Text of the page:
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Lab Reports |

Fat Stem Cells

Tracy Hampton, PhD
JAMA. 2011;306(5):480. doi:10.1001/jama.2011.1088.
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Scientists conducting studies in mice have found a way to identify the progenitors of cells that make up fat tissue (Daquinag AC et al. Cell Stem Cell. 2011;9[1]:74-86). These fat stem cells—adipose stromal cells (ASCs)—are responsible for driving fat expansion that can lead to obesity.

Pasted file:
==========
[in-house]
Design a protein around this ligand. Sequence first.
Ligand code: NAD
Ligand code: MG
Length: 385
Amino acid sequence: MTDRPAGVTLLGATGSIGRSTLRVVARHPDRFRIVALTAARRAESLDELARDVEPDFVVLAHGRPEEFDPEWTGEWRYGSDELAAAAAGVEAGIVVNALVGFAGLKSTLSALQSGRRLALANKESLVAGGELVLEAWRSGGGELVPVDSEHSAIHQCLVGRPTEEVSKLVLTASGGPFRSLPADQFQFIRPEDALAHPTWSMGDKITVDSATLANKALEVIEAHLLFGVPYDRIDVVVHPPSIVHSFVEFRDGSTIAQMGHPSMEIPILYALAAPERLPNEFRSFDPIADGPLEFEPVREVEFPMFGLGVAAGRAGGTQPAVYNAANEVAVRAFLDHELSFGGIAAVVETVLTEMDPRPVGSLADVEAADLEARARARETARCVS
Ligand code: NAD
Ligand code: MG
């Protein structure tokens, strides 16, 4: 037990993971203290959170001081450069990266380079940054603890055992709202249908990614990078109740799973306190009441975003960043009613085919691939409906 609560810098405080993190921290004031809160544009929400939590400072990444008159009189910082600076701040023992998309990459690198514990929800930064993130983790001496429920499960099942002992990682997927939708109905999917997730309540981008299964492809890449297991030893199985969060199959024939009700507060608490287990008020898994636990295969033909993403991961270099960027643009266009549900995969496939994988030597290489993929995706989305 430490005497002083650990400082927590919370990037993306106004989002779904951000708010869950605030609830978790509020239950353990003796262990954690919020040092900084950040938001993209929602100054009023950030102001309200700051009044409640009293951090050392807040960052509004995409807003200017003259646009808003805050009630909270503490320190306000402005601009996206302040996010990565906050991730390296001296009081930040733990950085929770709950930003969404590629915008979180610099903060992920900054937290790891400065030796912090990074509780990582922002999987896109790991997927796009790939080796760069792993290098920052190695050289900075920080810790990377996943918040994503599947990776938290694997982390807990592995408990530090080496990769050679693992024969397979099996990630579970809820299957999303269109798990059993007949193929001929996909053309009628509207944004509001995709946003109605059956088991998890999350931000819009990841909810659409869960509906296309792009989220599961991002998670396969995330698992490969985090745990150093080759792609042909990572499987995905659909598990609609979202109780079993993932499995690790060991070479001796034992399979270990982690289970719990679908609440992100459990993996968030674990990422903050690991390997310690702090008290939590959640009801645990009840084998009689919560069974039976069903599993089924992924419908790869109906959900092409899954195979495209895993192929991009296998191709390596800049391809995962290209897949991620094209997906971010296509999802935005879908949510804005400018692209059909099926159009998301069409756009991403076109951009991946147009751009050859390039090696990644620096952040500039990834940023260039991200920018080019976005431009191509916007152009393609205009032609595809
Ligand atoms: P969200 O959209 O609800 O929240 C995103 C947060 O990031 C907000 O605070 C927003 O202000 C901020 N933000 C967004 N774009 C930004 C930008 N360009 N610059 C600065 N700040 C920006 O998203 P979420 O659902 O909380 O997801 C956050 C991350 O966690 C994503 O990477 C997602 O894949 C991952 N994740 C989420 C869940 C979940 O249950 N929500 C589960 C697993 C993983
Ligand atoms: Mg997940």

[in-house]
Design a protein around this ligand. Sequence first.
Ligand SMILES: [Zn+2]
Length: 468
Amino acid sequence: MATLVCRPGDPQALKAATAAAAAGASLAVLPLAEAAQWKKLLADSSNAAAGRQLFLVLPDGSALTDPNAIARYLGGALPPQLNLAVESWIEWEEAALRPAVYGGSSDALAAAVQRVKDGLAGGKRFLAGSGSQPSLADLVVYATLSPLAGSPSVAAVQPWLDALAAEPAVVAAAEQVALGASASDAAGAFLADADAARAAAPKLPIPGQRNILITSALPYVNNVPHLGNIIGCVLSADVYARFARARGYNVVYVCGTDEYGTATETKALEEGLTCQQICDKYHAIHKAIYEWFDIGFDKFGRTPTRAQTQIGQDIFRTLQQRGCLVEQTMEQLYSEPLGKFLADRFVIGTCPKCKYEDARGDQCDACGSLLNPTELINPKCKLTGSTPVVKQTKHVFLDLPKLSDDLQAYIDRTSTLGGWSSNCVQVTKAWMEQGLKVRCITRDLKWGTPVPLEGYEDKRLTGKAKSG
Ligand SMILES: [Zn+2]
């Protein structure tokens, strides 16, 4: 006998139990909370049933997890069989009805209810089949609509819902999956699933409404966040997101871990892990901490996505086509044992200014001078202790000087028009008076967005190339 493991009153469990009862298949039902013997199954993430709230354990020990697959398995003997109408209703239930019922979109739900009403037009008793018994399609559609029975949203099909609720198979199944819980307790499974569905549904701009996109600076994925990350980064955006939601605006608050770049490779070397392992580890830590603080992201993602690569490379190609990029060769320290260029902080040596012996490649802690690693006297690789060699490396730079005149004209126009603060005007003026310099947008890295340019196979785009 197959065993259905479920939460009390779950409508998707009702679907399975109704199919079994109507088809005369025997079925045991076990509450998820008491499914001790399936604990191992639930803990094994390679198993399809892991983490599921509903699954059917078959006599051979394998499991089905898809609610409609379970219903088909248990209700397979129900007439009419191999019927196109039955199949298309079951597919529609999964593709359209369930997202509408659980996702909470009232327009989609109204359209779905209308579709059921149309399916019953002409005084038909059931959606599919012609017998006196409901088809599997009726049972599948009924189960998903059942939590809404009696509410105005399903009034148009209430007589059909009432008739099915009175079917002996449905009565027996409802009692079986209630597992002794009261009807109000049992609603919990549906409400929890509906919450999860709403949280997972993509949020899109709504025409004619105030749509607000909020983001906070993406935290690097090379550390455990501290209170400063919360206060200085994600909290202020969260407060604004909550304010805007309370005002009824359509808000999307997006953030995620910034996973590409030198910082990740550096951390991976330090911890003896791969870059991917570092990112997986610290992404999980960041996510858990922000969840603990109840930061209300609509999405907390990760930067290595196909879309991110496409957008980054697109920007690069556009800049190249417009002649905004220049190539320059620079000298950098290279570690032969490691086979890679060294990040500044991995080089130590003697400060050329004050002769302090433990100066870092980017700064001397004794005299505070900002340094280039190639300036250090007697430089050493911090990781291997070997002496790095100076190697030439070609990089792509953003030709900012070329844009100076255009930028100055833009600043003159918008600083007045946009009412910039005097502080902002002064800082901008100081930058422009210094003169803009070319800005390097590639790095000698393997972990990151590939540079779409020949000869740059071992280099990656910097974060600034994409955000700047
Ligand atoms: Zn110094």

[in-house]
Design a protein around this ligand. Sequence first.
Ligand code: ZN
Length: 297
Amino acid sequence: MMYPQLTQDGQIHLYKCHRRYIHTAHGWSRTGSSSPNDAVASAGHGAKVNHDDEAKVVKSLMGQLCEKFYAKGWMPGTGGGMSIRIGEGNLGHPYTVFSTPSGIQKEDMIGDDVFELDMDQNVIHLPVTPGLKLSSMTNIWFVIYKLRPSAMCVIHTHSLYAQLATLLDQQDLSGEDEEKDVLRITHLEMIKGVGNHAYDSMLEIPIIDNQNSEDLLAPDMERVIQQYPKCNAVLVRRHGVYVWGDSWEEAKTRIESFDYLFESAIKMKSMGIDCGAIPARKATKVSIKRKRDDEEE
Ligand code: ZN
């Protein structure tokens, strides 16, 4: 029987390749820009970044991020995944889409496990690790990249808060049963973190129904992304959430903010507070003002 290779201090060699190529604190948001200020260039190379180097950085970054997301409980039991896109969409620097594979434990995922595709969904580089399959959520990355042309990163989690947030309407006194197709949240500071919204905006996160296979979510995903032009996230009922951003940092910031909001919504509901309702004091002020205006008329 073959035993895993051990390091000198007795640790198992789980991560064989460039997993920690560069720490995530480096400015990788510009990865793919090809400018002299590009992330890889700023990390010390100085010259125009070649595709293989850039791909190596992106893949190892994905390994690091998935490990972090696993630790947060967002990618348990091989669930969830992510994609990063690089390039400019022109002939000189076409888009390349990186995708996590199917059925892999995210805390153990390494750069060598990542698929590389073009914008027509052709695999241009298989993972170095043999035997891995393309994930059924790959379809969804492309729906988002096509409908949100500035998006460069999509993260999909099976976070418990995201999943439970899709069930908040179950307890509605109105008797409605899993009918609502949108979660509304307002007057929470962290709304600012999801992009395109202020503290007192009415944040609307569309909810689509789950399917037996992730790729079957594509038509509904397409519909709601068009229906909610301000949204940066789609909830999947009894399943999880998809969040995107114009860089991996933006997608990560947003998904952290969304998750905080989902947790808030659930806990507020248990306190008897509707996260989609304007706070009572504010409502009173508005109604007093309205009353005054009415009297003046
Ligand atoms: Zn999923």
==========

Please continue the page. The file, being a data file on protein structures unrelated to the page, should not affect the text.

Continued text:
Researchers at the University of Texas Health Science Center at Houston isolated a peptide that specifically homes to ASCs and used it to purify the corresponding ASC surface receptor. They found this to be a fragment of decorin, a protein regulating cell adhesion, proliferation, and migration. A search for proteins that bind to this fragment led them to resistin, a protein secreted by fat cells and a key regulator of metabolism, for which the receptor has been unknown.

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